From fuel injection to a carburetor?

December 1, 2008 | By Richard Prince


I have recently acquired a 1984 Corvette with a 350 engine, the Doug Nash 4+3 transmission and the infamous Cross Fire fuel injection system. The car runs well when warmed up (above about 160 degrees F) but bogs severely on acceleration when it is cold.

I have been told that the Cross Fire fuel injection system is troublesome and difficult to tune properly. It was only offered for the 1984 year so it seems obvious that it was not considered to be a great success by Chevrolet.

The engine has about 10,000 miles since a rebuild by a reputable mechanic and seems to be quite sound.

I am considering swapping the fuel injection system out for an aftermarket intake and four-barrel carburetor. The alternative is to rebuild the Cross Fire system and hope for the best.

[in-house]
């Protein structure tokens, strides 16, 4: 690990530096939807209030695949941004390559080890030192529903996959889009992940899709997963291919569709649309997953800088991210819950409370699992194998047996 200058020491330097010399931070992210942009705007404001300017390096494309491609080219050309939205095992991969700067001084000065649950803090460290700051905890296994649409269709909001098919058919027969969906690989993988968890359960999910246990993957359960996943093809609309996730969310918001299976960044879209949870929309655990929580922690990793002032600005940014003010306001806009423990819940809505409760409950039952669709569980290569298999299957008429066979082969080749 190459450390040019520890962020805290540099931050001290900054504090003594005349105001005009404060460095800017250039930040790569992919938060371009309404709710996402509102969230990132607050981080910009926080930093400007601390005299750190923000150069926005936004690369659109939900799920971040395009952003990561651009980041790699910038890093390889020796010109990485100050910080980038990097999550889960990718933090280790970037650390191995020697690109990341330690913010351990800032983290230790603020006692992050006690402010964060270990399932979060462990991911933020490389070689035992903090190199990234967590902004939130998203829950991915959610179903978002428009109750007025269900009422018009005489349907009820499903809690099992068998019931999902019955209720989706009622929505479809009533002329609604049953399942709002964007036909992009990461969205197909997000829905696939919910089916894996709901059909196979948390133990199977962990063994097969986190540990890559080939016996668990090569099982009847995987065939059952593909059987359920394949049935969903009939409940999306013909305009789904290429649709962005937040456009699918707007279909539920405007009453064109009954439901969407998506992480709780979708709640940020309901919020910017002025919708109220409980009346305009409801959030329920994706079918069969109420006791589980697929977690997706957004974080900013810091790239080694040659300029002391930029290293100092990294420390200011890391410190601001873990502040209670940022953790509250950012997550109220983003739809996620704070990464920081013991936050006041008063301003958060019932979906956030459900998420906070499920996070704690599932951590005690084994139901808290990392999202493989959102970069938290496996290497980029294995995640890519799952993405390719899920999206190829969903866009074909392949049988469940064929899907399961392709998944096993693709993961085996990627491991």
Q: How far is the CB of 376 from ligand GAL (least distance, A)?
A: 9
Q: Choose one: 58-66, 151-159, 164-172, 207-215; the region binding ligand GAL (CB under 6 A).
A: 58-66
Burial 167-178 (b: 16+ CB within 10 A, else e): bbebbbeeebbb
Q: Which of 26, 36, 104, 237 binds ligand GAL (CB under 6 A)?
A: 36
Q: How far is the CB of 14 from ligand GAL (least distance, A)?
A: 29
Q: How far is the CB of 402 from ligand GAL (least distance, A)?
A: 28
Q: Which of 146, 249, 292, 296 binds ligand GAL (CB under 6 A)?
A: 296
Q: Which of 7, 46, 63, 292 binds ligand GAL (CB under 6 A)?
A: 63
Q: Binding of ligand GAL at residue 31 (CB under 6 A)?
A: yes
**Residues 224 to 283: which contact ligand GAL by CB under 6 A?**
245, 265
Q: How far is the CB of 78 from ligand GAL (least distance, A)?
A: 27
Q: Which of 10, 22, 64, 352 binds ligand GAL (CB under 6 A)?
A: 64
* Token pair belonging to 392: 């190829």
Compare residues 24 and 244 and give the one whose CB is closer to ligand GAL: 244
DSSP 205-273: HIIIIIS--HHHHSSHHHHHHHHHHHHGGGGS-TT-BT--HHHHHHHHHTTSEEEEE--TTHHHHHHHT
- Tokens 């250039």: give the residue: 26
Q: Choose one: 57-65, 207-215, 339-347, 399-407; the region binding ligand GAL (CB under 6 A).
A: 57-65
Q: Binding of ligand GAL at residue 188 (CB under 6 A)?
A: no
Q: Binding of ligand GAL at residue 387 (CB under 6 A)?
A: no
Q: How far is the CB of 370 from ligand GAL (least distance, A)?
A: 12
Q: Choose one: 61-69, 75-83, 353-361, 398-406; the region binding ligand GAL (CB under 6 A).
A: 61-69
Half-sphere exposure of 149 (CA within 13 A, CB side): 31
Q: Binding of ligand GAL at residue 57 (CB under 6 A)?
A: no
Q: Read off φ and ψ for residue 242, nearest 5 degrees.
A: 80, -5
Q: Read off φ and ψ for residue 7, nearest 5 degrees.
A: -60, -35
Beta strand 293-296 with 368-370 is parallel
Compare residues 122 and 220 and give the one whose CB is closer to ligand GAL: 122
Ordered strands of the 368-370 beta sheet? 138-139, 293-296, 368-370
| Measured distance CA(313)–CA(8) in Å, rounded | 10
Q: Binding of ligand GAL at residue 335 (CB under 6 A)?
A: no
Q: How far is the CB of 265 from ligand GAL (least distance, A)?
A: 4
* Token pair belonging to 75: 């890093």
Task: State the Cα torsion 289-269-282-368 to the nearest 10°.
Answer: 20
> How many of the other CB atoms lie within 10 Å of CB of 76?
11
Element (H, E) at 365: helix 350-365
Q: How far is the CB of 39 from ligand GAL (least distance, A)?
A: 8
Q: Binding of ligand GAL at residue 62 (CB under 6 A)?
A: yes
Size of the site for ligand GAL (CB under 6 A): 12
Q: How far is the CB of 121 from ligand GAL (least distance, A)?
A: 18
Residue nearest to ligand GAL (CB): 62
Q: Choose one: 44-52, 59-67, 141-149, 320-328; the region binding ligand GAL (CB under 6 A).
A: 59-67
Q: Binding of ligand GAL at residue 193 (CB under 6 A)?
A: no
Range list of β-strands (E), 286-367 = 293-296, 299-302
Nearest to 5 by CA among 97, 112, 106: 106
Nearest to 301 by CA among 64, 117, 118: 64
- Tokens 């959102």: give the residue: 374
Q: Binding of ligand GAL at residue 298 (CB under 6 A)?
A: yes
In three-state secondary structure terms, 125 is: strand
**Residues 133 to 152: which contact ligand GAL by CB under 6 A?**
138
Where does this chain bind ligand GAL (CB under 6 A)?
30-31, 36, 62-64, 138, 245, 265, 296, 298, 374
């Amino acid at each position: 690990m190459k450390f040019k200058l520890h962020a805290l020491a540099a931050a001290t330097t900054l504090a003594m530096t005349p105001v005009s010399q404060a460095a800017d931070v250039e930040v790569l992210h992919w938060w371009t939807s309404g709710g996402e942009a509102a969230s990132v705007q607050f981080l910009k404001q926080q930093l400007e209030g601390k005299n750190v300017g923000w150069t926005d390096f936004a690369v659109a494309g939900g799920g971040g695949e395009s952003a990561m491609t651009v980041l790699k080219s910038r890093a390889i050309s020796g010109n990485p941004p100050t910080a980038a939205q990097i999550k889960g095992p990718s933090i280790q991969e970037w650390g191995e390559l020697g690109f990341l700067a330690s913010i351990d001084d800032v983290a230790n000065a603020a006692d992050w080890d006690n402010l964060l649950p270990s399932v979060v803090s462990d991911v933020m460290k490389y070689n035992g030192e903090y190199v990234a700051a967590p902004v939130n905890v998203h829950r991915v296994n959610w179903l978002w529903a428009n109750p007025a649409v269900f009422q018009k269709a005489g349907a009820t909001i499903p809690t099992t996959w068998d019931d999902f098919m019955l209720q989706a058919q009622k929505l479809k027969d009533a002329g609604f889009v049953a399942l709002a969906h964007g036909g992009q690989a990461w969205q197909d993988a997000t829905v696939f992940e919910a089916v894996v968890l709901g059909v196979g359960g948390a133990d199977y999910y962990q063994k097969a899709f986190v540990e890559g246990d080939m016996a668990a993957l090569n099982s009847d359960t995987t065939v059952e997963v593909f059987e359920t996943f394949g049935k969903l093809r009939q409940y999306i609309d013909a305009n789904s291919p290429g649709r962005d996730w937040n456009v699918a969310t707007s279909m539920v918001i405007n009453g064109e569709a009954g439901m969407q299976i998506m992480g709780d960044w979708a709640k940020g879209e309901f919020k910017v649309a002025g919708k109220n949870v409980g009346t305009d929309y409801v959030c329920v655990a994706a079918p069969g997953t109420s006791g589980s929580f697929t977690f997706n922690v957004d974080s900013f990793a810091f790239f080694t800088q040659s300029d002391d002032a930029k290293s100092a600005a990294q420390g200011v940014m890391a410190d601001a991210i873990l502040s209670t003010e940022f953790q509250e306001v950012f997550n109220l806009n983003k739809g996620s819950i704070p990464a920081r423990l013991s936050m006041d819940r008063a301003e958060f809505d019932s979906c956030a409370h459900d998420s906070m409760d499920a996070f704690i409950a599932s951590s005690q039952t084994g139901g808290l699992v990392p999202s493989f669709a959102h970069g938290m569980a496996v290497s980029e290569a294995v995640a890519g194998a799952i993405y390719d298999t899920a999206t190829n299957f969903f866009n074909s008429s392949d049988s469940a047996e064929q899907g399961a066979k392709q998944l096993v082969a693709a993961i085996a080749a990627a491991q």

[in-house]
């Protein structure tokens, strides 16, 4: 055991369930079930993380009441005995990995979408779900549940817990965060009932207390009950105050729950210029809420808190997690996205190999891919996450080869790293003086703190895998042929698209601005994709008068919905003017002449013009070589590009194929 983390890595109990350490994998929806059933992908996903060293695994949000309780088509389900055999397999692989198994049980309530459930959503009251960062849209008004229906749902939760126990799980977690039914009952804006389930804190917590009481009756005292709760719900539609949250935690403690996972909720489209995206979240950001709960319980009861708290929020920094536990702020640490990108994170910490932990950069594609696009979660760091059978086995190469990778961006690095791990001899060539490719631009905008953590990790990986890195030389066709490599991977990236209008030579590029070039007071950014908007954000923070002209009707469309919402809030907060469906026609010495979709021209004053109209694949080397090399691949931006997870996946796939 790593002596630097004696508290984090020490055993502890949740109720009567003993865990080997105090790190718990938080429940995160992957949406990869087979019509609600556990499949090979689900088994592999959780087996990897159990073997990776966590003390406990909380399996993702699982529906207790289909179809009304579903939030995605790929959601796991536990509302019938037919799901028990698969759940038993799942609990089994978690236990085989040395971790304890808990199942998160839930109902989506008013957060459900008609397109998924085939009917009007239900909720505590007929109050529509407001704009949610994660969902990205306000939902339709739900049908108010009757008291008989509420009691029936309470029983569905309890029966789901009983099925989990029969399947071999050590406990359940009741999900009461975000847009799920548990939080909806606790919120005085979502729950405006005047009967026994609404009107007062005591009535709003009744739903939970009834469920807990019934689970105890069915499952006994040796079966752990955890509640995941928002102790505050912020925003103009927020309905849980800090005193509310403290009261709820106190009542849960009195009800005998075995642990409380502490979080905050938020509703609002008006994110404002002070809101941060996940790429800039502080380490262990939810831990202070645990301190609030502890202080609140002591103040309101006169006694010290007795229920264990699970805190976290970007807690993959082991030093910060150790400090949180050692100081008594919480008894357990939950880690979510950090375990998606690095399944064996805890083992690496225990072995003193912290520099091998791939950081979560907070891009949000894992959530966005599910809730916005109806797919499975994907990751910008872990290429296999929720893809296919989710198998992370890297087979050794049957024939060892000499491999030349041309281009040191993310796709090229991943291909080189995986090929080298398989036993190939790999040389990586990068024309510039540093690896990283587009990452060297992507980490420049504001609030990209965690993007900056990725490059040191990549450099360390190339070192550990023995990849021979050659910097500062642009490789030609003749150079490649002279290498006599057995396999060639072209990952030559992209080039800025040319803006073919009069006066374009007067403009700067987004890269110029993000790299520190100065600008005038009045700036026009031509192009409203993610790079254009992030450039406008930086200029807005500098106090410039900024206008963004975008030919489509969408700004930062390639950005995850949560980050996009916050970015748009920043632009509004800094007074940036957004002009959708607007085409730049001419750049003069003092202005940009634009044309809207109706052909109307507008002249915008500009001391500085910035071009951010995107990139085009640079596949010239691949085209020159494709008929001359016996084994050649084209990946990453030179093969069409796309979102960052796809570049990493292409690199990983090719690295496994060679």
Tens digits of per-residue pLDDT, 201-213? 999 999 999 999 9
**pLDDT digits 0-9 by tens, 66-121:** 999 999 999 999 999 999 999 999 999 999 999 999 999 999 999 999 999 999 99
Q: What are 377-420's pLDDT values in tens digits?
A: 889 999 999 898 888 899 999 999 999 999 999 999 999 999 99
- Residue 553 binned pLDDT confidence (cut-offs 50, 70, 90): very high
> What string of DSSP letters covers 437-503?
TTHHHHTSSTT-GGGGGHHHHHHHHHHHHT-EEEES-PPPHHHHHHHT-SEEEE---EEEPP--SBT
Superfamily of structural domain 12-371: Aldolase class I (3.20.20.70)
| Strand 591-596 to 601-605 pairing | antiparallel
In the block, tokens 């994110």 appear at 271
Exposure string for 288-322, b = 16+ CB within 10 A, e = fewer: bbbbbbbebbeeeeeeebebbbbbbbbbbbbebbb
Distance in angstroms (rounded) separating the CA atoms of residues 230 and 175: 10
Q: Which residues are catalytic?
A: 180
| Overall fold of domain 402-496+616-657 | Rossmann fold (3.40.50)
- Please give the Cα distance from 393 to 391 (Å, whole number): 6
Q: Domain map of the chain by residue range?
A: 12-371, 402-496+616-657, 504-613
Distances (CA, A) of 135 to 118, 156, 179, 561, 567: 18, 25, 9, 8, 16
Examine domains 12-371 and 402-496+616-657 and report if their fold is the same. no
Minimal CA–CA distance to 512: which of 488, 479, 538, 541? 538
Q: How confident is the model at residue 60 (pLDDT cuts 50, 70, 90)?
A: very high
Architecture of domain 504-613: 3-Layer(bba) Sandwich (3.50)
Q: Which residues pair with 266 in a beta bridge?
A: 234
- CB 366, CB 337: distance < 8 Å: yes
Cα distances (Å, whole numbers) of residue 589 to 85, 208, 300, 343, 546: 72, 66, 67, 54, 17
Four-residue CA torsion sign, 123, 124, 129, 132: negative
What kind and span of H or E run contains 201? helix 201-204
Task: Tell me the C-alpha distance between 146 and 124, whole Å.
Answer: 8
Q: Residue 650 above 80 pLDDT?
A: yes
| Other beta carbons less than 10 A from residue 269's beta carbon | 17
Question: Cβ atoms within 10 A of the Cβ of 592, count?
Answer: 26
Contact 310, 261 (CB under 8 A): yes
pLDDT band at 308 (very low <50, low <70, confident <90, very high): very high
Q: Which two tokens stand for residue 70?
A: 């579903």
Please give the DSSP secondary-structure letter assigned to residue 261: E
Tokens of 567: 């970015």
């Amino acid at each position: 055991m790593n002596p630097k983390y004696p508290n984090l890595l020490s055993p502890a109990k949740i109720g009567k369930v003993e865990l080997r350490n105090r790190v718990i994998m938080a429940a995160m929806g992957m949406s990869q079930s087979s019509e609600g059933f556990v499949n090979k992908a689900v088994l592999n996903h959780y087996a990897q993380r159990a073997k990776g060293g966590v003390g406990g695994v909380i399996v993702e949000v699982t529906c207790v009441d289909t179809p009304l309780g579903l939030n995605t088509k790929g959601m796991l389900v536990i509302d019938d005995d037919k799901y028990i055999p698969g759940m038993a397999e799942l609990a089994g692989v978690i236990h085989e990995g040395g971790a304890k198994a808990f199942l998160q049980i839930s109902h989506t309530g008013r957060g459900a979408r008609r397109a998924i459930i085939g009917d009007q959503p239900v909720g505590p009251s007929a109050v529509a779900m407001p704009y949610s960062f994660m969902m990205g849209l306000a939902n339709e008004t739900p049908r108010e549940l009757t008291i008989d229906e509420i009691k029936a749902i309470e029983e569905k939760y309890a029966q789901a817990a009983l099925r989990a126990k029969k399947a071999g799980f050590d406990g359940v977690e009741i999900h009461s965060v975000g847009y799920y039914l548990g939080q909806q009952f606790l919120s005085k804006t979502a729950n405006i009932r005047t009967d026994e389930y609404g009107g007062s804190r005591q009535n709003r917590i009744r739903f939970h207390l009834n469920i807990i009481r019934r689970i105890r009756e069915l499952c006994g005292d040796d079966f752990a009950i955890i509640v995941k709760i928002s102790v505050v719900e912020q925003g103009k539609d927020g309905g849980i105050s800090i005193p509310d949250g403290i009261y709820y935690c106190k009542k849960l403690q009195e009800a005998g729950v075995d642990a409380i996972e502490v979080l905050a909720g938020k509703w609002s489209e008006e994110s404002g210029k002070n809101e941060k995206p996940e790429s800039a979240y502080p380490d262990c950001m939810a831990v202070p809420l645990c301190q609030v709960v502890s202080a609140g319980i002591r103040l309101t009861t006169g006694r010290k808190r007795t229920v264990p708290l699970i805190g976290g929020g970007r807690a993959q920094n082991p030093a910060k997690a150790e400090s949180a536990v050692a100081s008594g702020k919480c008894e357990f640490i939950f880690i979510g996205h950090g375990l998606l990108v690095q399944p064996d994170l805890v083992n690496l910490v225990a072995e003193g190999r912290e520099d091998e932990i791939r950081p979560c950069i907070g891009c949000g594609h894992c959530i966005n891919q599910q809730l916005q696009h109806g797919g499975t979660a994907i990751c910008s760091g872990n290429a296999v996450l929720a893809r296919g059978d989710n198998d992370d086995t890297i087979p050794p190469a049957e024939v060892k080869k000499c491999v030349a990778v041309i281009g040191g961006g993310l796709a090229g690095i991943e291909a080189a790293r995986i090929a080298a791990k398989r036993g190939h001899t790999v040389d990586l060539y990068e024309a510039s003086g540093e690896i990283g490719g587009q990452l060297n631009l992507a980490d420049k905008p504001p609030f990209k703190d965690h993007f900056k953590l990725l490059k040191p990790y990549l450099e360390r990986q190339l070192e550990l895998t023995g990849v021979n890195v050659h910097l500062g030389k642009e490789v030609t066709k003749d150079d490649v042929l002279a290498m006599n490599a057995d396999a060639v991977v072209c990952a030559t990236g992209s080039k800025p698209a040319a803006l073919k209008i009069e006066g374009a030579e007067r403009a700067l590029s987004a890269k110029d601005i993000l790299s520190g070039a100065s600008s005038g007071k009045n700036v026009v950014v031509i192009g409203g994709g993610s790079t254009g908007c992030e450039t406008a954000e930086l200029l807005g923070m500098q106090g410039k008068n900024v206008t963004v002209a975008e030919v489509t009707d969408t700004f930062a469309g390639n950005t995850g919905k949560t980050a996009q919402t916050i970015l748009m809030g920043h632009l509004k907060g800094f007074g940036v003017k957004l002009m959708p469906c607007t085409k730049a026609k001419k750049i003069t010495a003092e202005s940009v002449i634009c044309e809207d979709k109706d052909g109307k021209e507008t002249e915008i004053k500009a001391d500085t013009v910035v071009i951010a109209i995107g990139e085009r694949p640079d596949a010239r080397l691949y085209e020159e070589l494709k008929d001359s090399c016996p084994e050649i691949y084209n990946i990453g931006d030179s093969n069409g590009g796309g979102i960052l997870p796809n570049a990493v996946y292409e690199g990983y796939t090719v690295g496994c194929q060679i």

The car must continue to pass emissions testing so that also is a consideration. What do you recommend?


GM Cross Fire Injection was an early electronic fuel injection system that did have its fair share of problems. While it can be made to run OK, a lot of people who are not concerned with maintaining their car’s originality choose to scrap it in favor of something else.

You mention swapping your injection system for a four-barrel carburetor and I highly recommend against that. Aside from the fact that you may find it more familiar, there’s no good reason to install older technology on your newer Corvette. A much smarter move would be to update to a more modern and much improved electronic fuel injection setup.

The most popular upgrade for Cross Fire cars is a switch to GM’s Tuned Port Injection. A quick Internet search will reveal scores of companies that sell everything from individual components to complete, turnkey systems.

Assuming the rest of the engine and the car’s related systems are in sound condition, your car will perform like a champ and pass the emissions test with a TPI setup.